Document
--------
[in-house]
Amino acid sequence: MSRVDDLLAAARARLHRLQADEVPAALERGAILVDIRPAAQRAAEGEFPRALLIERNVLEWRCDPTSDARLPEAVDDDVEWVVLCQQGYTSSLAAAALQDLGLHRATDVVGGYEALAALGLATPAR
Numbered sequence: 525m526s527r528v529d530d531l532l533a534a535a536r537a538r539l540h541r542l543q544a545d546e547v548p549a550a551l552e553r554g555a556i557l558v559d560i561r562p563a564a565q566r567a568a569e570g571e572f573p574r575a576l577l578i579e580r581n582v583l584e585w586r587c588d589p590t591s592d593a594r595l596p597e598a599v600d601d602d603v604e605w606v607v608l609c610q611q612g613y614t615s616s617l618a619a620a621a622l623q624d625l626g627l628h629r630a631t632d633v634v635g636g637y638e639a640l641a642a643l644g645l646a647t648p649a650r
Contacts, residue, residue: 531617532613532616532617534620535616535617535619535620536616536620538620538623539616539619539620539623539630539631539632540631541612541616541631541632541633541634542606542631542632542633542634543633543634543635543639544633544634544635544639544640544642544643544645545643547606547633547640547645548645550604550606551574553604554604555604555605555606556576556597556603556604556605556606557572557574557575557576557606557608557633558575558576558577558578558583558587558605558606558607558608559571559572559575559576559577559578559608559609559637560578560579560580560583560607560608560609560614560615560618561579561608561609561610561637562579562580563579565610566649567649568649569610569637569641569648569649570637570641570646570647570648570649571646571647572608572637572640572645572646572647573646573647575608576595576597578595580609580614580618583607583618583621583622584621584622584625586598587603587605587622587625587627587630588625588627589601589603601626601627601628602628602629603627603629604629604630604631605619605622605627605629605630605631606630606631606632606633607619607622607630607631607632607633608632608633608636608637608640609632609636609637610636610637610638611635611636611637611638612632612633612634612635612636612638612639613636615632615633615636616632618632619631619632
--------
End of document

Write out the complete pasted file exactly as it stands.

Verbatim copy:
[in-house]
Amino acid sequence: MSRVDDLLAAARARLHRLQADEVPAALERGAILVDIRPAAQRAAEGEFPRALLIERNVLEWRCDPTSDARLPEAVDDDVEWVVLCQQGYTSSLAAAALQDLGLHRATDVVGGYEALAALGLATPAR
Numbered sequence: 525m526s527r528v529d530d531l532l533a534a535a536r537a538r539l540h541r542l543q544a545d546e547v548p549a550a551l552e553r554g555a556i557l558v559d560i561r562p563a564a565q566r567a568a569e570g571e572f573p574r575a576l577l578i579e580r581n582v583l584e585w586r587c588d589p590t591s592d593a594r595l596p597e598a599v600d601d602d603v604e605w606v607v608l609c610q611q612g613y614t615s616s617l618a619a620a621a622l623q624d625l626g627l628h629r630a631t632d633v634v635g636g637y638e639a640l641a642a643l644g645l646a647t648p649a650r
Contacts, residue, residue: 531617532613532616532617534620535616535617535619535620536616536620538620538623539616539619539620539623539630539631539632540631541612541616541631541632541633541634542606542631542632542633542634543633543634543635543639544633544634544635544639544640544642544643544645545643547606547633547640547645548645550604550606551574553604554604555604555605555606556576556597556603556604556605556606557572557574557575557576557606557608557633558575558576558577558578558583558587558605558606558607558608559571559572559575559576559577559578559608559609559637560578560579560580560583560607560608560609560614560615560618561579561608561609561610561637562579562580563579565610566649567649568649569610569637569641569648569649570637570641570646570647570648570649571646571647572608572637572640572645572646572647573646573647575608576595576597578595580609580614580618583607583618583621583622584621584622584625586598587603587605587622587625587627587630588625588627589601589603601626601627601628602628602629603627603629604629604630604631605619605622605627605629605630605631606630606631606632606633607619607622607630607631607632607633608632608633608636608637608640609632609636609637610636610637610638611635611636611637611638612632612633612634612635612636612638612639613636615632615633615636616632618632619631619632